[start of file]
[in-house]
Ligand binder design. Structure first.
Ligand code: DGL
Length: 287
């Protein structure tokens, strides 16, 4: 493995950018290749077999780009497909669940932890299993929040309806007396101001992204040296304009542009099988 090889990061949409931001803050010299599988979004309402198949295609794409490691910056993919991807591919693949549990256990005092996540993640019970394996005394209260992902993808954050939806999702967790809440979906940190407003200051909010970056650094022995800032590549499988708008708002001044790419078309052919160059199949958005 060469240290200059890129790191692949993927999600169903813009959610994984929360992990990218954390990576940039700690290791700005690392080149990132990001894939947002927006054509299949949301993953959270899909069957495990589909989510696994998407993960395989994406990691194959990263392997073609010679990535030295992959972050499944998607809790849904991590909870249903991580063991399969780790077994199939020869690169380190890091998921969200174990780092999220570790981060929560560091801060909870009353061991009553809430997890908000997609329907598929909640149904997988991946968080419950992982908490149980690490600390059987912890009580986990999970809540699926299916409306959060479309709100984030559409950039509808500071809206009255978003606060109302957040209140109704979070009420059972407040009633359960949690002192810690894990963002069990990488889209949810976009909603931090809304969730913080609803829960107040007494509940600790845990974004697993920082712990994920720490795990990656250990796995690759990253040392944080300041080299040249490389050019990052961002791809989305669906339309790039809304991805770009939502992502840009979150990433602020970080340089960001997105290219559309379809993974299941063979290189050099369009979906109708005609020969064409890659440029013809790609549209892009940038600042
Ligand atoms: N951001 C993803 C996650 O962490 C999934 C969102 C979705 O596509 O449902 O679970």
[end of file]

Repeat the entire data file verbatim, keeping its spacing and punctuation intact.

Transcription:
[in-house]
Ligand binder design. Structure first.
Ligand code: DGL
Length: 287
């Protein structure tokens, strides 16, 4: 493995950018290749077999780009497909669940932890299993929040309806007396101001992204040296304009542009099988 090889990061949409931001803050010299599988979004309402198949295609794409490691910056993919991807591919693949549990256990005092996540993640019970394996005394209260992902993808954050939806999702967790809440979906940190407003200051909010970056650094022995800032590549499988708008708002001044790419078309052919160059199949958005 060469240290200059890129790191692949993927999600169903813009959610994984929360992990990218954390990576940039700690290791700005690392080149990132990001894939947002927006054509299949949301993953959270899909069957495990589909989510696994998407993960395989994406990691194959990263392997073609010679990535030295992959972050499944998607809790849904991590909870249903991580063991399969780790077994199939020869690169380190890091998921969200174990780092999220570790981060929560560091801060909870009353061991009553809430997890908000997609329907598929909640149904997988991946968080419950992982908490149980690490600390059987912890009580986990999970809540699926299916409306959060479309709100984030559409950039509808500071809206009255978003606060109302957040209140109704979070009420059972407040009633359960949690002192810690894990963002069990990488889209949810976009909603931090809304969730913080609803829960107040007494509940600790845990974004697993920082712990994920720490795990990656250990796995690759990253040392944080300041080299040249490389050019990052961002791809989305669906339309790039809304991805770009939502992502840009979150990433602020970080340089960001997105290219559309379809993974299941063979290189050099369009979906109708005609020969064409890659440029013809790609549209892009940038600042
Ligand atoms: N951001 C993803 C996650 O962490 C999934 C969102 C979705 O596509 O449902 O679970």